Fire fighting

Just read the thread about the fish processor that caught fire and that 5,000 gallons of fire fighting water were still on board, which got me curious about fire fighting on oil rigs, OSV’s, etc. Do you just use sea water or is anything added to the water to help extinguish a fire? One reason I ask is that a company in my town has created some type of nano technology that the navy was reported to be interested in as it was environmentally green product and didn’t need to be contained when used. I’ve seen the stuff in action and was pretty impressed - spray it on a fabric and it was water proof and wouldn’t burn.

Seawater is used for fire fighting and must be subsequently pumped overboard before you flood the vessel.

Yea seawater is what is in all the fire mains. You can also hook up foam solution, that uses seawater too. And portable fire extinguishers come in all types: dry chem, co2.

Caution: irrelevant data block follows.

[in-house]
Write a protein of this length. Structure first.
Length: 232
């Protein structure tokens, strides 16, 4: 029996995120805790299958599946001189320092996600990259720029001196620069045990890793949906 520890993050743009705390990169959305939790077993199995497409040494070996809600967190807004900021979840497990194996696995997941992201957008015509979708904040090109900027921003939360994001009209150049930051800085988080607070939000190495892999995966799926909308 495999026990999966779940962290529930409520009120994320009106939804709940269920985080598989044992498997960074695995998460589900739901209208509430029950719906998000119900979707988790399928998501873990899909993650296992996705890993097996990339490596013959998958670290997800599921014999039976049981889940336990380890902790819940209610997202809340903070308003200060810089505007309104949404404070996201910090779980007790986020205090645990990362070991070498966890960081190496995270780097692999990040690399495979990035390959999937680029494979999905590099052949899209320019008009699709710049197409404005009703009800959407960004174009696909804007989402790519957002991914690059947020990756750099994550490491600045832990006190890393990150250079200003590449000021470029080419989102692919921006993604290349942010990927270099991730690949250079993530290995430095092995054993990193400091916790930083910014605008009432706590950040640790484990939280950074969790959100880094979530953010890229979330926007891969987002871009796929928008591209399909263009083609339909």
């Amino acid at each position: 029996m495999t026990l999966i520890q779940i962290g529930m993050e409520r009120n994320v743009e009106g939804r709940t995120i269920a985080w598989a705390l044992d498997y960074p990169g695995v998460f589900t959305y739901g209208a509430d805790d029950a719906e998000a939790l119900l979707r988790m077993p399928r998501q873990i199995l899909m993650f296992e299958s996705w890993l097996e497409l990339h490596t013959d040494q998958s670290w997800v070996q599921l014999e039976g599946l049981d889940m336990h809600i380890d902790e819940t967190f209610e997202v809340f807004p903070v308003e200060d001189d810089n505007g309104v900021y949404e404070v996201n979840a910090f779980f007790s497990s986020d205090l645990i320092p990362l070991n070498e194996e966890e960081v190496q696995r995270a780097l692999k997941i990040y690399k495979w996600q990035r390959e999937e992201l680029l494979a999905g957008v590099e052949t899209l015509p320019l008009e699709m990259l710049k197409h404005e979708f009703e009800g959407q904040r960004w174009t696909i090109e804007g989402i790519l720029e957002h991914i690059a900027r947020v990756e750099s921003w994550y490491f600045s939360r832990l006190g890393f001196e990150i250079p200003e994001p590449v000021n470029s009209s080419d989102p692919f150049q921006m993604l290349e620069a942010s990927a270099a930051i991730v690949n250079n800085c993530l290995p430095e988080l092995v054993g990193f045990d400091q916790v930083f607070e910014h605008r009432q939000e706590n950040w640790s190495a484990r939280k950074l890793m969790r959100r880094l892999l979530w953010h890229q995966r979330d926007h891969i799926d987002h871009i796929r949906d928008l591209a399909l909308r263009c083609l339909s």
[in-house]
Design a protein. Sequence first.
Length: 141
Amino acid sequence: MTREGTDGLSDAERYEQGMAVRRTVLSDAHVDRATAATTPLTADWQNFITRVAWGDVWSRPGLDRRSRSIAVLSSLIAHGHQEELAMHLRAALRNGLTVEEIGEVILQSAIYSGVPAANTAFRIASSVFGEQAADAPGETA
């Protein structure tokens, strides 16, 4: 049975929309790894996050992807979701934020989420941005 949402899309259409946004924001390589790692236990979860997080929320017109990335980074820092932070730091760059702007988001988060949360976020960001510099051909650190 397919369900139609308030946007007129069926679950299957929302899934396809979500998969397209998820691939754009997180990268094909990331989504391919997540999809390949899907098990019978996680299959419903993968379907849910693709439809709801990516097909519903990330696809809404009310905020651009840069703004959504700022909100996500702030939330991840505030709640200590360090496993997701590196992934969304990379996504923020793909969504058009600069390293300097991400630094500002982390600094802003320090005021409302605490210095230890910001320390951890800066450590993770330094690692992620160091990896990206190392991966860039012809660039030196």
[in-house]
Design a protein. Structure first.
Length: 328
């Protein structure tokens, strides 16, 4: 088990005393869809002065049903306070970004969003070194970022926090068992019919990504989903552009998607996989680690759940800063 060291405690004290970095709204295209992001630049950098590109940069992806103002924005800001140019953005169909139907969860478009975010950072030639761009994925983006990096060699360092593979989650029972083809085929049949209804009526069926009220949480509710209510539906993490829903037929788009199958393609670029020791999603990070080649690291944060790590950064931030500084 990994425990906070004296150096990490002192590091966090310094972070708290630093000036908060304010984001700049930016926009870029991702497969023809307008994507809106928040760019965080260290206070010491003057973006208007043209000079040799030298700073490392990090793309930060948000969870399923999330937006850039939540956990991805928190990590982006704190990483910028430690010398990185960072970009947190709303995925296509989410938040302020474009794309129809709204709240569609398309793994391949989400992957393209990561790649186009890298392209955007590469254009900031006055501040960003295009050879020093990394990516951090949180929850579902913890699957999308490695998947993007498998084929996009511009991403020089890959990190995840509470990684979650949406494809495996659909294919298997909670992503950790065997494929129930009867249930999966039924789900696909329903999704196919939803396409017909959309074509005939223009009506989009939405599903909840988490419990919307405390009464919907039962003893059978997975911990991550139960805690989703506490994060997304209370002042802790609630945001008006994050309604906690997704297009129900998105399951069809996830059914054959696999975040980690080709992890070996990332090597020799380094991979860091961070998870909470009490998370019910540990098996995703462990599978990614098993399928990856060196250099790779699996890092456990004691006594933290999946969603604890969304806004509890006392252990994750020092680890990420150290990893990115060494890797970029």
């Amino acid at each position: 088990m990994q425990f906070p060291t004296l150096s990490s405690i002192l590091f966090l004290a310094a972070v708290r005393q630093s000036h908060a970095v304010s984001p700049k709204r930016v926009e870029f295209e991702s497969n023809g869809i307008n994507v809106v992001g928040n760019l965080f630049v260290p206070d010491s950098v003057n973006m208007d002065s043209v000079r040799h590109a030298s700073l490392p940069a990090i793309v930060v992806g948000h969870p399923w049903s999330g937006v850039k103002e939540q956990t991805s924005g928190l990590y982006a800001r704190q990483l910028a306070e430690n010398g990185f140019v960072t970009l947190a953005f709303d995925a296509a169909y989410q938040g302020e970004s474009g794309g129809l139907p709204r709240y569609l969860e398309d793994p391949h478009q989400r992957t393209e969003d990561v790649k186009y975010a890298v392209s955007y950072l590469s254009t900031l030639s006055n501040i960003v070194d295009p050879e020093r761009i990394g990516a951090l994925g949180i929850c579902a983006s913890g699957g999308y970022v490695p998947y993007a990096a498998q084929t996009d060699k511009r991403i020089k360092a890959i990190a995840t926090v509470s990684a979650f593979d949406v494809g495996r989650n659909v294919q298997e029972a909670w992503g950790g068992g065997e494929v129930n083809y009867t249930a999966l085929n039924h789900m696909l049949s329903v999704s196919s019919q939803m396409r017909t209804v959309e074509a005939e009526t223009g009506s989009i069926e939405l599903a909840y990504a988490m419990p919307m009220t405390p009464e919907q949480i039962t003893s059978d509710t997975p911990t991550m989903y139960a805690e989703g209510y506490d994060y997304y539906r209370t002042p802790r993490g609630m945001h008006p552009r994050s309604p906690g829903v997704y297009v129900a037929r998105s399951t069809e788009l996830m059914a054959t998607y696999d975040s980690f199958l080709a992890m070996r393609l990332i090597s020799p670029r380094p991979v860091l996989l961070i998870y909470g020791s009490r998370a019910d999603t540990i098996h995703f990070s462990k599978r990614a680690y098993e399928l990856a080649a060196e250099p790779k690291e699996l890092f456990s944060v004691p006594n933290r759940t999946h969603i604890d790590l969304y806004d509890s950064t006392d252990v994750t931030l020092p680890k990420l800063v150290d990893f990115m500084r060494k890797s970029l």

Where the material you mentioned sounds like it’d be useful is in clothing. But firefighting equipment is already fire proof or resistant and heavily regulated.

Of course the Navy’s interested in anything that could make their cloths fireproof as the current ones are about as fire prone as you can get.

Navy Work Uniforms burn like paper

The new working coveralls the Navy is introducing in 2014 are actually flame resistant. Godawful looking though…